The Emancipation Proclamation is a landmark of American history. As divisive as it was daring, Abraham Lincoln’s historical document, issued as the nation was consumed in an unthinkably violent civil war, declared that “all persons held as slaves” within the rebellious states “are, and henceforward shall be free.”
Behold the original document on display inside Discovering the Civil Warfor a very limited time during a special public viewing beginning Feb.16-Feb. 21, 2012 at the Houston Museum of Natural Science, from 9 a.m. to 9 p.m.
Background on the Emancipation Proclamation
President Abraham Lincoln issued the Emancipation Proclamation on January 1, 1863, during the American Civil War, formally proclaiming the freedom of all slaves held in areas still in revolt. The issuance of this Proclamation clarified and strengthened the position of the Union government, decreased the likelihood of European support of the Confederacy, and, as the Union armies extended their occupation of the southern states, brought freedom to the slaves in those states. The Proclamation invited black men to join the Union Army and Navy, resulting in the enlistment of approximately 200,000 freed slaves and free black people before the War’s end.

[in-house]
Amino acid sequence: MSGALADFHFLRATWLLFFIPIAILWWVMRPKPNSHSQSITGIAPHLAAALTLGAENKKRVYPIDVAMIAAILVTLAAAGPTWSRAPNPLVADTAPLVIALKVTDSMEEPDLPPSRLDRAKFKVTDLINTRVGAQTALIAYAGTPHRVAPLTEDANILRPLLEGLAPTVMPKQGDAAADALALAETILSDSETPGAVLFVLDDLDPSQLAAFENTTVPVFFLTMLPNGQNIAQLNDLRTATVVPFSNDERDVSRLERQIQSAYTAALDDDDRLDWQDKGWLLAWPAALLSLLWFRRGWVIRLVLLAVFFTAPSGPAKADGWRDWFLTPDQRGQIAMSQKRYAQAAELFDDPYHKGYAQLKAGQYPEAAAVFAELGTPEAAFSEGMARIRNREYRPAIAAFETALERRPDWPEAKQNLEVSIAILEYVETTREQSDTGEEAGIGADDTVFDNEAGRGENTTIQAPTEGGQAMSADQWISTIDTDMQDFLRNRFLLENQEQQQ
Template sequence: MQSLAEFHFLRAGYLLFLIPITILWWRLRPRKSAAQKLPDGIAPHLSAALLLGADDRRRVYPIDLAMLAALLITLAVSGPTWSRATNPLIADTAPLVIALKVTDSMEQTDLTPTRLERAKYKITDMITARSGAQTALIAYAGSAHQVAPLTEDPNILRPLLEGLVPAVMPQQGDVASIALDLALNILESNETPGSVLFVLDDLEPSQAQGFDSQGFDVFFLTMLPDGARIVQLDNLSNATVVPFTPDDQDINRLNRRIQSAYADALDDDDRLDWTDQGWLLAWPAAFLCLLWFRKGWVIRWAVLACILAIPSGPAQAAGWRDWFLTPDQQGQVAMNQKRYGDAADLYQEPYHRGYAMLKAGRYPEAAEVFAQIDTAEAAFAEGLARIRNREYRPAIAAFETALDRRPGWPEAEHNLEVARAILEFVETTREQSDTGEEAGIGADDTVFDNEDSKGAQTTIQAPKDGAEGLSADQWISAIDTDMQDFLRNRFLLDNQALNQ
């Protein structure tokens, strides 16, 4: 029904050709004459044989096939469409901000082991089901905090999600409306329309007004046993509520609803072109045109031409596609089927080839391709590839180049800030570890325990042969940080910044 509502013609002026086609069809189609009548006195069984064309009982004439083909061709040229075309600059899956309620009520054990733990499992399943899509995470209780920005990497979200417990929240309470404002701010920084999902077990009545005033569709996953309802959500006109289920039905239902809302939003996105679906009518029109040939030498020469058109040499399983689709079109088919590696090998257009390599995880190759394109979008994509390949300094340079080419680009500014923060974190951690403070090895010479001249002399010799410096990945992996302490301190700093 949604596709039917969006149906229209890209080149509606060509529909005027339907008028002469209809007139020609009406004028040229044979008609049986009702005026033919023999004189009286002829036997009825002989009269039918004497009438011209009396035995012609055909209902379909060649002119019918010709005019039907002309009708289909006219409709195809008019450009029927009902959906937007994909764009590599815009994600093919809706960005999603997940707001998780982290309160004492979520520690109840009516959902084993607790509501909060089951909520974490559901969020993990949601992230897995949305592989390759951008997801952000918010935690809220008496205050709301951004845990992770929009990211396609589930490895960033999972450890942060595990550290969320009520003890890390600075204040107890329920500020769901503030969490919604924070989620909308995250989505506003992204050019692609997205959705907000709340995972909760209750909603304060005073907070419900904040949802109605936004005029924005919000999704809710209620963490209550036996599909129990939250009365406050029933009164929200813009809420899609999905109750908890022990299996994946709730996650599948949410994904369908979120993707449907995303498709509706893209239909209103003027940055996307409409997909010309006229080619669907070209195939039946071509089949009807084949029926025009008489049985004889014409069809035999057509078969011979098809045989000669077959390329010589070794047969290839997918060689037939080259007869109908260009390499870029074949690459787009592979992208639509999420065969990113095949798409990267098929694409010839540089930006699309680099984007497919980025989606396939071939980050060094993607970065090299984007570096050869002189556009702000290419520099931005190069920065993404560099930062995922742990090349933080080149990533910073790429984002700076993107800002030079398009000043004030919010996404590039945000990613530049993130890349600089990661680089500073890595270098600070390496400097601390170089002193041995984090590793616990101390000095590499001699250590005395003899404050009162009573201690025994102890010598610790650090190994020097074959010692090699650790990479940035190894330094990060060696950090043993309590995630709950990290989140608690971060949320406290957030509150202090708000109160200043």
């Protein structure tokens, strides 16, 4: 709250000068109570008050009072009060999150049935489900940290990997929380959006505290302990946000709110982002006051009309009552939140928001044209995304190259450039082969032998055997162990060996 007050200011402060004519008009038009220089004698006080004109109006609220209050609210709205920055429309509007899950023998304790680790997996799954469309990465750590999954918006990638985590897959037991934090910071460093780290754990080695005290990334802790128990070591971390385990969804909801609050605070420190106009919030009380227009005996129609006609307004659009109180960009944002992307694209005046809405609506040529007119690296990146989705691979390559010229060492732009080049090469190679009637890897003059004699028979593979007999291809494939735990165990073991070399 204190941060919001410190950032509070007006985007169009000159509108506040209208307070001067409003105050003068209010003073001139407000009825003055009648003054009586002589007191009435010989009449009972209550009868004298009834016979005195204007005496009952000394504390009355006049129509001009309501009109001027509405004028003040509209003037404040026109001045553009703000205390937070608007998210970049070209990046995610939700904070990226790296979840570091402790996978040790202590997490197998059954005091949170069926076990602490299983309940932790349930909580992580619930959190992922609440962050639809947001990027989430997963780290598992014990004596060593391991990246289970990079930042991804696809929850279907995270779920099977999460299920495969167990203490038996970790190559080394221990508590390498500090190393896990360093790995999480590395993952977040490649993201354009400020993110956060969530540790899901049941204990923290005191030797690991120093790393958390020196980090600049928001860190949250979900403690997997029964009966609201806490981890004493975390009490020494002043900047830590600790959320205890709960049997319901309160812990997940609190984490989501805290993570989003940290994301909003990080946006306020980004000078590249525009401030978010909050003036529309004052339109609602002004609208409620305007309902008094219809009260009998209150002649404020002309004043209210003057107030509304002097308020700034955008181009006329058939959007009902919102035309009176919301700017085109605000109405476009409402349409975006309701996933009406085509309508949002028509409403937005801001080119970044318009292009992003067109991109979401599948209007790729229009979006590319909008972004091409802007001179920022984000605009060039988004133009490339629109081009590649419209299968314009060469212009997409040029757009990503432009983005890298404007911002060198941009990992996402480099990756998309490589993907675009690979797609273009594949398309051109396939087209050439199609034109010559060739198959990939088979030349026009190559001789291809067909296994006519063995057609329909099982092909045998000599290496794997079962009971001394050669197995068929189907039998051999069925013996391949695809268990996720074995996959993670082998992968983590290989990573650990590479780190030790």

Although the Emancipation Proclamation did not end slavery in the nation, it placed the issue squarely on top of the wartime agenda. It added moral force to the Union cause and was a significant milestone leading to the ratification of the 13th Amendment to the Constitution in 1865, formally outlawing slavery throughout the nation.
The Emancipation Proclamation linked the preservation of American constitutional government to the end of slavery, and has become one of our country’s most treasured documents.
Relive the gripping saga of one of the bloodiest battles in American and world history. Discovering the Civil War, a special exhibition from the National Archives commemorating the sesquicentennial of the American Civil War gives visitors the opportunity to consider and ask questions about historical evidence, listen to a wide variety of voices, and make up their own minds about the struggle that tore apart these United States and that continues to shape our national identity. The exhibition is the largest ever assembled from the incomparable Civil War holdings of the National Archives.
Due to the limited nature of this rare viewing opportunity, it is highly recommended that visitors pre-book tickets. Tickets may be purchased online or by phone. For more information, visit www.hmns.org.